Word of mouth happens after the fact. The mystery then is trying to remember how you found yourself standing at the box office, buying tickets for a play where the venue itself does not make any mention of it beyond the lobby.
The word is what we have, formed from our thoughts, desires and goals. Words on a page come from writers, authors, those who would choose to speak through scratching ink on parchment. Last Train to Nibroc is a reminder that failure happens when you settle and give up.
Breanna Murray and Jeremy Cloyd are awkward, and familiar at the same time. They work that angle as the years progress from 1940 to 1943. The banter progressing from a series of repetition and tics, to stammers and cutting each other off. It's a relationship that's borne out here, the way we talk with people changes and evolves, and it's here in Arlene Hutton's script.
The jaunt of a spare seat on that train, to May (Murray) correcting Raleigh's (Cloyd) grammar in a playful manner, we watch and listen on as they grow closer, the terms of friendship built over staggering stumbles and life getting in the way. Dreams change course as many times as there are stations on the railway tracks. Knowing what your plans are is one thing, getting them to follow the same map is a beast of its own creation.
Directed by Sommer Schoch, this is personal, a little coy, and with a humour bubbling from a genuine pocket within. They don't know each other, and there's a yearning anguish of getting close through distances as May commands a classroom of 51 kids while Raleigh chases his dream in a far off state. They age in the sense we all do, through getting on with life and realising how much home is where the bleeding heart resides.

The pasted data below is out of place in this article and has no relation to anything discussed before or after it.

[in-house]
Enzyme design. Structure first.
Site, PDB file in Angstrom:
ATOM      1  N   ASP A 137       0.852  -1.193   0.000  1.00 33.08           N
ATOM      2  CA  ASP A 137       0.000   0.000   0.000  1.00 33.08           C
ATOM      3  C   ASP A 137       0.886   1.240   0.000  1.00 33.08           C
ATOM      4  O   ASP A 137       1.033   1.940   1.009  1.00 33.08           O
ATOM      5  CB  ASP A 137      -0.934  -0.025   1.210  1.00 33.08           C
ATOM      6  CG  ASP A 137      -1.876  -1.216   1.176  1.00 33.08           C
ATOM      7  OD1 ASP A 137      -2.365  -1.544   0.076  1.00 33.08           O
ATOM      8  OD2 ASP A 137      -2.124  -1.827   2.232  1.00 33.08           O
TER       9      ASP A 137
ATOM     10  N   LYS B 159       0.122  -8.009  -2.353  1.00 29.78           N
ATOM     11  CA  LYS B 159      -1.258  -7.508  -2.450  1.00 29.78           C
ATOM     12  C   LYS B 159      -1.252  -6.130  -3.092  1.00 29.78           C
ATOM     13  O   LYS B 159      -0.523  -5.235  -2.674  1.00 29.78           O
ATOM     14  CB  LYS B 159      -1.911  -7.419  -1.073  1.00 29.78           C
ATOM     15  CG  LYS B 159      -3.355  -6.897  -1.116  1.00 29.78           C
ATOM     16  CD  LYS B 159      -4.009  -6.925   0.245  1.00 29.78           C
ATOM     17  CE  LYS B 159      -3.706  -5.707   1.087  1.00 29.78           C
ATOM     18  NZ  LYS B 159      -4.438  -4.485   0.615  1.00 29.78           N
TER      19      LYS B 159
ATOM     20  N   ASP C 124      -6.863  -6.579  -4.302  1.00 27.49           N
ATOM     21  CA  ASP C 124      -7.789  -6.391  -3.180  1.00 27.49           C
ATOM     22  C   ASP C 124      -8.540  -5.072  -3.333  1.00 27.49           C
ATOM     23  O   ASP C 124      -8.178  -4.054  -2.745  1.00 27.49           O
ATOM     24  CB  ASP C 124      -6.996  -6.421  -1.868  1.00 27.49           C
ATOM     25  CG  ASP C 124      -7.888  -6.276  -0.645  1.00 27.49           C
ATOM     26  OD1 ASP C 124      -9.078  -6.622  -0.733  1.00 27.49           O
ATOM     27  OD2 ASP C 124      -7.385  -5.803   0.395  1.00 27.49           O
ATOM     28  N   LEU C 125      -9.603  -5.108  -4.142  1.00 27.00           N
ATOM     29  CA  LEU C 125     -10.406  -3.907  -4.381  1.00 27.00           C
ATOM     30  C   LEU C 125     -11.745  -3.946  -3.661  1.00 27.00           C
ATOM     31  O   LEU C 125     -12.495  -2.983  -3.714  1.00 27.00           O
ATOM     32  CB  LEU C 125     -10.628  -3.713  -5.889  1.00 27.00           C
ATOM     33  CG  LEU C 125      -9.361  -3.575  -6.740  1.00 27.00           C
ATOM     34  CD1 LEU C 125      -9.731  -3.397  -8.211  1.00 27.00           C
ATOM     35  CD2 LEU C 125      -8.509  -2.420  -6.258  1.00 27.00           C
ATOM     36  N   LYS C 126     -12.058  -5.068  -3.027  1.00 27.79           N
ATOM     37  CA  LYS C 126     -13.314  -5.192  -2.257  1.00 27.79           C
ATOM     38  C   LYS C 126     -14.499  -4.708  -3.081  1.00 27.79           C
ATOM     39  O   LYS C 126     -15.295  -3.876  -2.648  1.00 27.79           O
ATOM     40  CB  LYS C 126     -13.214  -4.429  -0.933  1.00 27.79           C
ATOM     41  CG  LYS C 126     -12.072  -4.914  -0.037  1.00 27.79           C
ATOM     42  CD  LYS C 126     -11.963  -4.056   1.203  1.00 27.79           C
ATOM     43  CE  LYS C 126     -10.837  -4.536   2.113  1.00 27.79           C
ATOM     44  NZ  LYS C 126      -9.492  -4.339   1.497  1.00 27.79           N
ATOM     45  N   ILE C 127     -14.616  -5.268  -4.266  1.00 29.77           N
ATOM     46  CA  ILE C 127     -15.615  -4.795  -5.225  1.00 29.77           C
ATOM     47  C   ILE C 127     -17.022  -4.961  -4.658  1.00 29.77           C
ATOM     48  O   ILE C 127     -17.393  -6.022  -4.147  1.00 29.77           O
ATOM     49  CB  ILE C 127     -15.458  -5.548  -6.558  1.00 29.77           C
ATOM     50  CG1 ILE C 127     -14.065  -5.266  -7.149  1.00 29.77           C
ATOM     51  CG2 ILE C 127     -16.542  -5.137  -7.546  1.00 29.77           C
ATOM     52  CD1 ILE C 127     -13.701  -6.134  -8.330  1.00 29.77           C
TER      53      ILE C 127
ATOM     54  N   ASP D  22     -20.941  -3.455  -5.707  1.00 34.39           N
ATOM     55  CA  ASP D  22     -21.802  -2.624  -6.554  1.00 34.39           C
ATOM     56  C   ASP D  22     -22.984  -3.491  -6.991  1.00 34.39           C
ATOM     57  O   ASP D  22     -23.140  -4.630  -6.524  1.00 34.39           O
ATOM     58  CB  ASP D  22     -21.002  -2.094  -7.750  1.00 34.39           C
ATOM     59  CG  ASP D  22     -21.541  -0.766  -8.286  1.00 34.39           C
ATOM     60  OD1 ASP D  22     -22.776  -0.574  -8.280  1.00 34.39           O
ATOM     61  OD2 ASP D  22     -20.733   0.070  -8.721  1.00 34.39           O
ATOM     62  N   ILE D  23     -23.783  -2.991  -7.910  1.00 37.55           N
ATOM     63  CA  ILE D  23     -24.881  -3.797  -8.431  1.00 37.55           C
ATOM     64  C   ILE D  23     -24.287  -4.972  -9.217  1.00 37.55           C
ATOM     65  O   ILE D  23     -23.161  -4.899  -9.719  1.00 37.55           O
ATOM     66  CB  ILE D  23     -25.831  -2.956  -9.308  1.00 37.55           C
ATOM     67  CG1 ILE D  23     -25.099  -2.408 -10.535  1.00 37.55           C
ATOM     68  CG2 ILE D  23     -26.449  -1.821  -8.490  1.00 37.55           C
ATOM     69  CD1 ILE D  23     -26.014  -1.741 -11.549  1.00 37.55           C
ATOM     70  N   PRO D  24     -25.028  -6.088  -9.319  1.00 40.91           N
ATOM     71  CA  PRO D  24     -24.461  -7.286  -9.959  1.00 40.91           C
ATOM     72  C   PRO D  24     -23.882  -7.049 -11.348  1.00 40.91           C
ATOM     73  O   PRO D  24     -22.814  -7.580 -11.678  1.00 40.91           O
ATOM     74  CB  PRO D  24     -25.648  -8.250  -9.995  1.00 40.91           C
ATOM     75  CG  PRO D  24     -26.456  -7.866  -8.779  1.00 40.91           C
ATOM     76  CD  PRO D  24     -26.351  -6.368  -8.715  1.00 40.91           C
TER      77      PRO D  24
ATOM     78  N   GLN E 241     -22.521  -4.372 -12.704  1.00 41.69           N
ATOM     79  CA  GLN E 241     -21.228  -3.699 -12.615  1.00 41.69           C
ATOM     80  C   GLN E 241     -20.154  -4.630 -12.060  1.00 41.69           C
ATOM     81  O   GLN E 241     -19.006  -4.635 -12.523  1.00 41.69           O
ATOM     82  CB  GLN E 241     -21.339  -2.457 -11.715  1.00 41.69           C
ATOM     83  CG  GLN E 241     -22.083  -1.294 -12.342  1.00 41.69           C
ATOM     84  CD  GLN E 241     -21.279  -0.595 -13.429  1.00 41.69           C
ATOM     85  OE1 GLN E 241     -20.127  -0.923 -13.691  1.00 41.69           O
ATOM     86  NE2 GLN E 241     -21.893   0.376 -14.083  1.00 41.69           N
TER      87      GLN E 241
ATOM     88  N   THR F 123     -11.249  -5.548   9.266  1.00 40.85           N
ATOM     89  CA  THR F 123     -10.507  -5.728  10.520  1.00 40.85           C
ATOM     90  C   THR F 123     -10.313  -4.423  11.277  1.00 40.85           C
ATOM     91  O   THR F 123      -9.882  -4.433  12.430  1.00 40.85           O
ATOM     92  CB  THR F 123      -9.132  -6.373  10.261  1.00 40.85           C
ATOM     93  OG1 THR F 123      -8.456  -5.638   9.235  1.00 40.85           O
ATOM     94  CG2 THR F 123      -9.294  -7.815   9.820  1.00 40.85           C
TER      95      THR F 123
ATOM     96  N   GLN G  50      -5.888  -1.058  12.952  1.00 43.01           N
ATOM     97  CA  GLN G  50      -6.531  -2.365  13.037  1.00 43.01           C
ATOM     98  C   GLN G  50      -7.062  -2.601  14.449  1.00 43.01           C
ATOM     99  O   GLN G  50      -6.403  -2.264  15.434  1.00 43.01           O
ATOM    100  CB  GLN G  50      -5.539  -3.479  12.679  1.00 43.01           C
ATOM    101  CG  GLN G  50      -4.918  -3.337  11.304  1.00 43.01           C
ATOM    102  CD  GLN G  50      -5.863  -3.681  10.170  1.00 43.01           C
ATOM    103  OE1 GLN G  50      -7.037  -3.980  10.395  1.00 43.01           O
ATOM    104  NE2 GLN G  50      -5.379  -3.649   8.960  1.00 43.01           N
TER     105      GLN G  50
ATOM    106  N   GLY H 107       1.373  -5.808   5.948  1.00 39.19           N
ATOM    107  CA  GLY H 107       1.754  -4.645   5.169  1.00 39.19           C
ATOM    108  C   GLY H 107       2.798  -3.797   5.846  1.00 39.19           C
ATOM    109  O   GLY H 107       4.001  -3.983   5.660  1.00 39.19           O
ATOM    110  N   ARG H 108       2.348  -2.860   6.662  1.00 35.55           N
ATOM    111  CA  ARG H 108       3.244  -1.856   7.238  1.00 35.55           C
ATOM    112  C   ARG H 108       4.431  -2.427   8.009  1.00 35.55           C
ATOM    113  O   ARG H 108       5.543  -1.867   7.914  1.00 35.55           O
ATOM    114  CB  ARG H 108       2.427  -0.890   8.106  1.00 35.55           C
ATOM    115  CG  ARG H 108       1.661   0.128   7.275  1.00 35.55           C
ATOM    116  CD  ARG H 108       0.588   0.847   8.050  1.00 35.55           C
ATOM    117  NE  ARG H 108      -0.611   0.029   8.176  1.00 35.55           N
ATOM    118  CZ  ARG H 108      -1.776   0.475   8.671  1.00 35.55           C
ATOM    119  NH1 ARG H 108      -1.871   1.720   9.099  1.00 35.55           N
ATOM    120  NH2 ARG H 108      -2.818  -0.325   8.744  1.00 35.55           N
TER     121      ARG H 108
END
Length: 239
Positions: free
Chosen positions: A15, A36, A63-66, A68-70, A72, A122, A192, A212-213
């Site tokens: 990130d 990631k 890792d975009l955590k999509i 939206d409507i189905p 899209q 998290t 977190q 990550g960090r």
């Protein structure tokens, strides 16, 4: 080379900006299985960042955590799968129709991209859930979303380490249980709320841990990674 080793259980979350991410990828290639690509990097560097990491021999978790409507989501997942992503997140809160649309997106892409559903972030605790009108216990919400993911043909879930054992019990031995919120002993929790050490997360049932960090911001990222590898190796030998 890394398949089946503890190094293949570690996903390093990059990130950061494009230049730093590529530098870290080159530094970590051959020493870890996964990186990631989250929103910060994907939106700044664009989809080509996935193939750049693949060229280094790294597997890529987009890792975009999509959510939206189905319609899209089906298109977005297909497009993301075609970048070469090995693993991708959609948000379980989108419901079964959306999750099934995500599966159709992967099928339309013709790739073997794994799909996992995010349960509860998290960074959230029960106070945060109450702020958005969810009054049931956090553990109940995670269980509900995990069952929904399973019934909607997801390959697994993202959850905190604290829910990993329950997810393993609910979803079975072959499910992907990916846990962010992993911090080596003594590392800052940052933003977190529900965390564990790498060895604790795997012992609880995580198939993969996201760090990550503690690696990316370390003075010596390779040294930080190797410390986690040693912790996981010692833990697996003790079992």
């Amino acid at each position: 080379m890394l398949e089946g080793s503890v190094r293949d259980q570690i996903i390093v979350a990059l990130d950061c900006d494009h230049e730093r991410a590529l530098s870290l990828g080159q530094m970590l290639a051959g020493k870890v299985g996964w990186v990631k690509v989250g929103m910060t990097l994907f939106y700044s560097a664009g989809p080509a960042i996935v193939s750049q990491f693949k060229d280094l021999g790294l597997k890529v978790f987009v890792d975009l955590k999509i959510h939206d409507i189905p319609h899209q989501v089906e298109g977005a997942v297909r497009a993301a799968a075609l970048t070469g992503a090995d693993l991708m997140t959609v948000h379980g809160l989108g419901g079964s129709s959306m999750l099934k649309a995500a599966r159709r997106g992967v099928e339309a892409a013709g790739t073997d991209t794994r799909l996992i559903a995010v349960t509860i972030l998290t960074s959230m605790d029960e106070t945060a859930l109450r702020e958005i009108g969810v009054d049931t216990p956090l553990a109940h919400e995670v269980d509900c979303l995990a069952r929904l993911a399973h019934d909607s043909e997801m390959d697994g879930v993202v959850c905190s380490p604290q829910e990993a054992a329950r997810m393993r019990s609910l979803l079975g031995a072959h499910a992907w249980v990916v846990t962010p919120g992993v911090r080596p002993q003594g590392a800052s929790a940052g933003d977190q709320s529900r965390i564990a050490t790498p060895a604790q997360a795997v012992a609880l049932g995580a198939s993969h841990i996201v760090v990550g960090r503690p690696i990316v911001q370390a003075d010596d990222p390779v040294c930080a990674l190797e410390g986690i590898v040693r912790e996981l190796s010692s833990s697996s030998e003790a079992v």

The setup of the Carnegie Community Arts Center is close, intimate. A nice match of location for this production from Flashback Theater. You can also see the actors' lips turn blue and bluer as the night creeps on. The humming whine of the air conditioning unit at first making you think it's the sound effect of the train pulling out of the station. But no, that's more cold, huffing into the rows and coring out your bones, leaving you a shell as you stretch and crackle after the play ends. That artificial lamp in the third act feels so welcoming your cheeks will warm up.
The dialogue between May and Raleigh, as in how Murray and Cloyd deliver their patter, drives it all the way. It is a bench and two people, and time is already gone.
Checking off your own list of life goals is what Last Train to Nibroc brings to mind. Sitting there recounting and recollecting stories is not sad, unless you never get up to take the seat and ride it all the way around the detours.
Sitting a spell on a cold 14 February 2015 night at the Carnegie Community Arts Center in Somerset, Kentucky.
Reviewed on Tuesday, 17 February 2015